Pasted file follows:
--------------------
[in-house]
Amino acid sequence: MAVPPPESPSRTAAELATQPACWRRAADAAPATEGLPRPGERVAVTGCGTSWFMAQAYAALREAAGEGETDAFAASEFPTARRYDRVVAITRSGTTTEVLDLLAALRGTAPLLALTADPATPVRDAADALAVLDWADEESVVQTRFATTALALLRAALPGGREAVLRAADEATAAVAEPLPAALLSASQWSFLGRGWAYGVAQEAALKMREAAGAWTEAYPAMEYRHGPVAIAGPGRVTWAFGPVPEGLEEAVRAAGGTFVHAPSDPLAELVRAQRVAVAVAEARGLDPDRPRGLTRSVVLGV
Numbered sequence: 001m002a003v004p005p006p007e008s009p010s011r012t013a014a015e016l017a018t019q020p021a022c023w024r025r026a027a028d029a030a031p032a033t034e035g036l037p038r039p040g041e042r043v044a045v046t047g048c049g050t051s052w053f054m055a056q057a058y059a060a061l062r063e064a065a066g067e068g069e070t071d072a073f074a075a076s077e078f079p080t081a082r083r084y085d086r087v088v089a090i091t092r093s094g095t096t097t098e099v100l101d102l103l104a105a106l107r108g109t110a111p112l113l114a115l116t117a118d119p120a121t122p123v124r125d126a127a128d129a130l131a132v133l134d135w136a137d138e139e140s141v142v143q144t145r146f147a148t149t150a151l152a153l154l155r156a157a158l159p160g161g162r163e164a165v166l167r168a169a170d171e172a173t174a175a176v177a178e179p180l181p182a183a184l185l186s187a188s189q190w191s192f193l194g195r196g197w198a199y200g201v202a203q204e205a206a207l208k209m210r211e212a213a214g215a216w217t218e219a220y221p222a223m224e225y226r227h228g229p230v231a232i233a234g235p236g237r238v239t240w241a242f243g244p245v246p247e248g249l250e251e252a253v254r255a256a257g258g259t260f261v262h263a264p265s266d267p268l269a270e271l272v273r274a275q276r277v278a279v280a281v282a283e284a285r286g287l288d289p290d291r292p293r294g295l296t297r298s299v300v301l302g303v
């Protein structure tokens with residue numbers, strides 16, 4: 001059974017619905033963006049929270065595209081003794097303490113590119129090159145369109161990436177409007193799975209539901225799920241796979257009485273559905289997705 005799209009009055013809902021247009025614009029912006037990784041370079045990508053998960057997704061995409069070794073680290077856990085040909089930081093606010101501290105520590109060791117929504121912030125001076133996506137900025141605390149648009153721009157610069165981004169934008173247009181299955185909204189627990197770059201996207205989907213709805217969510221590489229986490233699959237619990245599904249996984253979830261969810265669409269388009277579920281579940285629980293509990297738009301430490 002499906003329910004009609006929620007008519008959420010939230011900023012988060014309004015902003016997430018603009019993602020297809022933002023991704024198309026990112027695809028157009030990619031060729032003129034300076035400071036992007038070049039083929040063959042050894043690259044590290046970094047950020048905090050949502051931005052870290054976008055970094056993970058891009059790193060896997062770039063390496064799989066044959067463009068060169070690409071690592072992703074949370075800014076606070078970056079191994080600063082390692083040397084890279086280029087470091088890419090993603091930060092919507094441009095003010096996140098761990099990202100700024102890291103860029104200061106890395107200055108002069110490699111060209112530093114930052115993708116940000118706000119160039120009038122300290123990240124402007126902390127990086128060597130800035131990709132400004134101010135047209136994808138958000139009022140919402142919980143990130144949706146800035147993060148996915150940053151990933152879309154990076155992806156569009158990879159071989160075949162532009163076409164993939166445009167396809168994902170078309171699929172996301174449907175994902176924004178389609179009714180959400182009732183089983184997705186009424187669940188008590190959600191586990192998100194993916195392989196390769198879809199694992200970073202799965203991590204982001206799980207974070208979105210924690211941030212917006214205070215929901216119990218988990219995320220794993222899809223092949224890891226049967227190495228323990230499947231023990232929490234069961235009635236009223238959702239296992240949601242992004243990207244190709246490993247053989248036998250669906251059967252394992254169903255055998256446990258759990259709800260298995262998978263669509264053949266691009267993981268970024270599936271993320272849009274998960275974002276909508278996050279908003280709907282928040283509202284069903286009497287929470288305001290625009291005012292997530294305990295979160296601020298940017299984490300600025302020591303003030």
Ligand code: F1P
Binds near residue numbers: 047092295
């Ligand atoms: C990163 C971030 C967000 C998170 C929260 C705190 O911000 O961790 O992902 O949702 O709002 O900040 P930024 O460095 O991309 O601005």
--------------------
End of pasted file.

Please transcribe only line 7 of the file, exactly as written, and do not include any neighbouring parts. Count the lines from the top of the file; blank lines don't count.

């Ligand atoms: C990163 C971030 C967000 C998170 C929260 C705190 O911000 O961790 O992902 O949702 O709002 O900040 P930024 O460095 O991309 O601005």